Intersecting Asymmetries: The Internationalization of Turkey in the 1920s and the Limits of the Postcolonial Approach
Previous studies of Turkey’s relations with the League of Nations suggest that in the 1920s, the relationship was marked by Turkey’s exclusion from the League and disputes over territories and sovereignty. Only at the end of the decade did Turkey begin to join the international community, culminating in its becoming a member of the League in 1932. This article proposes a fresh reading of Turkey’s internationalization (i.e., its participation in international organizations) in the 1920s. Not only do we begin to see Turkish membership in a considerable number of smaller international organizations, but the government also developed ties with the League Secretariat and the International Labour Office, even though it formally remained a non-member of the League. These more subtle forms of cooperation, this article argues, were part of a balanced strategy of internationalization that reflected the (semi)colonial underpinnings of many international organizations and the Ottoman experience with them. This internationalization strategy was grounded in the Kemalists’ ideological conceptualization of the global order as profoundly shaped by European hegemony. In so arguing, this article adopts a postcolonial perspective. However, it also points out the limits of such a perspective, stressing that power asymmetries on the international level were connected with internal asymmetries within Turkey itself.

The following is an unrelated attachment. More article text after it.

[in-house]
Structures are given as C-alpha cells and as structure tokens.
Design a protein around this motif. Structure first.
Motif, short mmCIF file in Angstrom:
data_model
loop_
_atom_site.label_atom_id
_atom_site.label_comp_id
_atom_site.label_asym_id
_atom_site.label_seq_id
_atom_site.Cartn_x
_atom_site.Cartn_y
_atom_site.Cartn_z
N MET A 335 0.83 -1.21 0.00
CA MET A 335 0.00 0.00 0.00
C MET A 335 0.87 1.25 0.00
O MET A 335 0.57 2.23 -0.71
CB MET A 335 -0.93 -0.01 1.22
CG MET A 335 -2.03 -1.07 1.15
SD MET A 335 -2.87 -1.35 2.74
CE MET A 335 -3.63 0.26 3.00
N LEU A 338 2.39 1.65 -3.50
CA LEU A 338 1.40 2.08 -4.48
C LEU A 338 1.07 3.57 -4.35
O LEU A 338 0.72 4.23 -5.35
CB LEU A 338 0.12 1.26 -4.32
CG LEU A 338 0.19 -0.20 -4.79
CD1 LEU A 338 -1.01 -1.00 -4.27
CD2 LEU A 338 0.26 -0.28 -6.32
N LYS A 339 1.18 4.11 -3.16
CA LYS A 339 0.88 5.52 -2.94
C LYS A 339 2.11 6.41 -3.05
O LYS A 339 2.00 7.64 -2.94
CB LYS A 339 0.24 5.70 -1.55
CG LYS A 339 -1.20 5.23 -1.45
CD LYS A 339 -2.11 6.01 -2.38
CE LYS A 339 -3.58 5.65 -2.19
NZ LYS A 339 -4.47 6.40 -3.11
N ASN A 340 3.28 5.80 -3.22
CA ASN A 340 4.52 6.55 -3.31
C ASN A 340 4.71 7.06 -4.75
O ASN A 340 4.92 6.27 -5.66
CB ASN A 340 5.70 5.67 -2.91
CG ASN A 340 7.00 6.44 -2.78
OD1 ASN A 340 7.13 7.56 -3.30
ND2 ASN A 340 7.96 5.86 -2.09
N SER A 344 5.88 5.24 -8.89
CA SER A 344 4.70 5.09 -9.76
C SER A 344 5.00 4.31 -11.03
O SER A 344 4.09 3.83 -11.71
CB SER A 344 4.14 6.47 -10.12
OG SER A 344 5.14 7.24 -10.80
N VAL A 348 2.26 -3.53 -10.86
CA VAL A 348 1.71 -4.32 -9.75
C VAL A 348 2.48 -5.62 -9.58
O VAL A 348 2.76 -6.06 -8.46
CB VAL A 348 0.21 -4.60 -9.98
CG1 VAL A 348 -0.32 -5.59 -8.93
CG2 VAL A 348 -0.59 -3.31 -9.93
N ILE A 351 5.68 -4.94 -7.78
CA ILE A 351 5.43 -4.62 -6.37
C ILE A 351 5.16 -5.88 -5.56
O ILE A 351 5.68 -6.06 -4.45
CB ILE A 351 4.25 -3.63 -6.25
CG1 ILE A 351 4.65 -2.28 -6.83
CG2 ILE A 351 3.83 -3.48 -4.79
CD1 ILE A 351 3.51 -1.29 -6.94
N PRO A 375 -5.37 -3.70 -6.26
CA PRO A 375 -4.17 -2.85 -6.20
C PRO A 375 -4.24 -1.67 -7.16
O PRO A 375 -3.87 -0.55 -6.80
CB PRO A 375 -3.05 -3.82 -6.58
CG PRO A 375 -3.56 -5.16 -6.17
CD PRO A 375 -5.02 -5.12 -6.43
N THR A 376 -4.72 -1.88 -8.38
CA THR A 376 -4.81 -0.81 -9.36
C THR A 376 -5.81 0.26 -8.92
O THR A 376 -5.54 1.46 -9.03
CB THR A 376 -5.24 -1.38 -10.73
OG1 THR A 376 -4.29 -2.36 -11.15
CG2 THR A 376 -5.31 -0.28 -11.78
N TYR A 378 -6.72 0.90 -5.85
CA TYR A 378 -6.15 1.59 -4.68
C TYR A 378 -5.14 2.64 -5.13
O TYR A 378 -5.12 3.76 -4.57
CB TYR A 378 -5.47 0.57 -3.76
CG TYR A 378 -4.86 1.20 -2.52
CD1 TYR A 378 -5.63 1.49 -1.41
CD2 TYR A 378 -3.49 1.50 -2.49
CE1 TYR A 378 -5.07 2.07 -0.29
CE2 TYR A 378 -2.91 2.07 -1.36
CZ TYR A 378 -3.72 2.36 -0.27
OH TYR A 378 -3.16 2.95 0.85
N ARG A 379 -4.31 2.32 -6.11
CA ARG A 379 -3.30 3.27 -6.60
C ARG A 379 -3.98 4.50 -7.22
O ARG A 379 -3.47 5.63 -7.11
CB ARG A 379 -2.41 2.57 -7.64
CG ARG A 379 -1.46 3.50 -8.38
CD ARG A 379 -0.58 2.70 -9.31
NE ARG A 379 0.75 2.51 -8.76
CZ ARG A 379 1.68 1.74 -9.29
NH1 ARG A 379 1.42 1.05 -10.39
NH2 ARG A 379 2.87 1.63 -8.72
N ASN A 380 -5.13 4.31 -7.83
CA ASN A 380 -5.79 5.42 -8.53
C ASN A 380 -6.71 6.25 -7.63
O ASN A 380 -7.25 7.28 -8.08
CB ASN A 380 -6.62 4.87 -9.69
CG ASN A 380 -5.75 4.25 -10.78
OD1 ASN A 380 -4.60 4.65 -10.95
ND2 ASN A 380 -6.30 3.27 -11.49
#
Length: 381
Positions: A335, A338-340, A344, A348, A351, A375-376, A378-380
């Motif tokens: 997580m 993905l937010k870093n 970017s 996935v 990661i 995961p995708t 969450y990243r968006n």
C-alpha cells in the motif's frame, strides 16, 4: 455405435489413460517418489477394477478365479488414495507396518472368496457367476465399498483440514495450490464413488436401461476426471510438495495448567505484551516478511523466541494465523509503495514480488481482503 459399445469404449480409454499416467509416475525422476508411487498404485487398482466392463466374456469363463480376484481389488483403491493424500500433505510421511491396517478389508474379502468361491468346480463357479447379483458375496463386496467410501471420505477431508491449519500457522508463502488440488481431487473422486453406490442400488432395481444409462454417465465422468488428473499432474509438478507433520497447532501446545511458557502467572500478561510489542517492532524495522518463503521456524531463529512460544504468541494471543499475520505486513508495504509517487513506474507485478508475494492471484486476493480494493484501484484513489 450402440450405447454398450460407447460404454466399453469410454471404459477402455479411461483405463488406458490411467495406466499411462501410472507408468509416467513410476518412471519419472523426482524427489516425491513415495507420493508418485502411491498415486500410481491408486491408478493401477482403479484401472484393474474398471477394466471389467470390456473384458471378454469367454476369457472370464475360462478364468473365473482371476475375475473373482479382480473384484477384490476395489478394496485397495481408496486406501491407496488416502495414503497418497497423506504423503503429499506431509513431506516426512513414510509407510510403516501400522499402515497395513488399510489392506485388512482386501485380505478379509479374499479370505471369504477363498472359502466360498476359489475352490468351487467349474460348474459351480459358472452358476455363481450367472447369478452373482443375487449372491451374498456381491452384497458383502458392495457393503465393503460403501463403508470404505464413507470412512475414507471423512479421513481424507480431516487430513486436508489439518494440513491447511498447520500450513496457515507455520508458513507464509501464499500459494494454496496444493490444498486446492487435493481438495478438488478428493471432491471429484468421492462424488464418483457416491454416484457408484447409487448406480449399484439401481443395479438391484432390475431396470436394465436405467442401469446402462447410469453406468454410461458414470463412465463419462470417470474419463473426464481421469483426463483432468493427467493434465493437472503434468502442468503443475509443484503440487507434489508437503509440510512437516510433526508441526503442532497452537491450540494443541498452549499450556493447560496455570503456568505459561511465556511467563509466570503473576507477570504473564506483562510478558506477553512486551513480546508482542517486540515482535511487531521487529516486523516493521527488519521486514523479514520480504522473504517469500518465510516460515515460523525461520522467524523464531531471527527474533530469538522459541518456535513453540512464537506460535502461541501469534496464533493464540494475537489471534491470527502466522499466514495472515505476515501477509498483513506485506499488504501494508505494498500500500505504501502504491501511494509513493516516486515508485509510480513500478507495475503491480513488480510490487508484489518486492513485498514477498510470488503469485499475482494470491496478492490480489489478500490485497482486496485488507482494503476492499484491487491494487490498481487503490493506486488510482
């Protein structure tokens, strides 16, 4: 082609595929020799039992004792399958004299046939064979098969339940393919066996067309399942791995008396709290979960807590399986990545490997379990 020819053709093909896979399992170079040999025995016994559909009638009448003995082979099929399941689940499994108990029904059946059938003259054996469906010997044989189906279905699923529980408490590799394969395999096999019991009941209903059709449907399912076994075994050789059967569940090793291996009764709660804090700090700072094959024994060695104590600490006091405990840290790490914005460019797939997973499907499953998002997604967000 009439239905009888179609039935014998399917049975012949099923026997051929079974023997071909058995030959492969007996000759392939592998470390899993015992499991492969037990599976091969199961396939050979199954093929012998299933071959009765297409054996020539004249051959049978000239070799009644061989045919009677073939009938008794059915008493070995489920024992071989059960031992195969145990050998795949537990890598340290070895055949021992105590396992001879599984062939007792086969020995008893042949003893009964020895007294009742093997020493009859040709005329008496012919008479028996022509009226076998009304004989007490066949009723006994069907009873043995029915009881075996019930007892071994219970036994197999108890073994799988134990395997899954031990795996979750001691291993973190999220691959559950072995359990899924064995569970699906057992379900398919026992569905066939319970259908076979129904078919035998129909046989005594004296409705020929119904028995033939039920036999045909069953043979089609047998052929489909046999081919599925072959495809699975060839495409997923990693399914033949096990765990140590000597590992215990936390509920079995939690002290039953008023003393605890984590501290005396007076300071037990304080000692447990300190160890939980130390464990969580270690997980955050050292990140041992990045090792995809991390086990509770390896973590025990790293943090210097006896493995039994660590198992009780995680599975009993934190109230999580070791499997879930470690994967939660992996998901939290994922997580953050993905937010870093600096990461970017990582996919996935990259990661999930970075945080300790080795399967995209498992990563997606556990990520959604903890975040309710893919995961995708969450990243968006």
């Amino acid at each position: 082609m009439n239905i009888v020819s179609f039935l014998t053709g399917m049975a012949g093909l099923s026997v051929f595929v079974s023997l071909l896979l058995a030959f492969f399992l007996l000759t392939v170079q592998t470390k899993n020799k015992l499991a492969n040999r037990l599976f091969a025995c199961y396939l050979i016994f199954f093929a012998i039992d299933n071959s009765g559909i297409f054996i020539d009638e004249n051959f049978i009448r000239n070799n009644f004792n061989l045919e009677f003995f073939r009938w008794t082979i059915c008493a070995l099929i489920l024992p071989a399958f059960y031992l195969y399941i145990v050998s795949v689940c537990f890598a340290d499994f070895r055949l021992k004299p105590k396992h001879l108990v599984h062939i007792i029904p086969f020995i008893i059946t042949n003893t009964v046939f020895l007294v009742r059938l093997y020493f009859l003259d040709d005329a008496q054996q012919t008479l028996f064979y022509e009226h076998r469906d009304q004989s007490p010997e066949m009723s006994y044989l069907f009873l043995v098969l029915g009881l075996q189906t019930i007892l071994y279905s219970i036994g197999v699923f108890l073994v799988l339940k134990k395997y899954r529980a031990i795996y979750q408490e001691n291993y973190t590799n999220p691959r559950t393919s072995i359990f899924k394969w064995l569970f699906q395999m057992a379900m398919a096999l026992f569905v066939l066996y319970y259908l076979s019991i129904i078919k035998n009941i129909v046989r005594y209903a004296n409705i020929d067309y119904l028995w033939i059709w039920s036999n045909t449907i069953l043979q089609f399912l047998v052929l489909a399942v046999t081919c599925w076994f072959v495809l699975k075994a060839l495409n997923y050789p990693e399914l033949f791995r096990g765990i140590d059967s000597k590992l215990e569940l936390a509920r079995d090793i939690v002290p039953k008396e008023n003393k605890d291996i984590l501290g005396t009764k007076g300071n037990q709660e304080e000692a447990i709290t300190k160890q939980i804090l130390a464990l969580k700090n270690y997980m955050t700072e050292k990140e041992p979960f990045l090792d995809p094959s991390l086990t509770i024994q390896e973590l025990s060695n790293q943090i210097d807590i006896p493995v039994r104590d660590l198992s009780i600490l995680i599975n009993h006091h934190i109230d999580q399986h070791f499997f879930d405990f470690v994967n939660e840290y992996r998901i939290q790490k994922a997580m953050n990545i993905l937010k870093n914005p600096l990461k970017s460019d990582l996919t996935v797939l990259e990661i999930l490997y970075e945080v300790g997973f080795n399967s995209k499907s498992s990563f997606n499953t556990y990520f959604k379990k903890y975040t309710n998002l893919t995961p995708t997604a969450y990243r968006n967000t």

Keywords: Turkey; international organizations; League of Nations; International Labour Organization; nation building; post-colonialism
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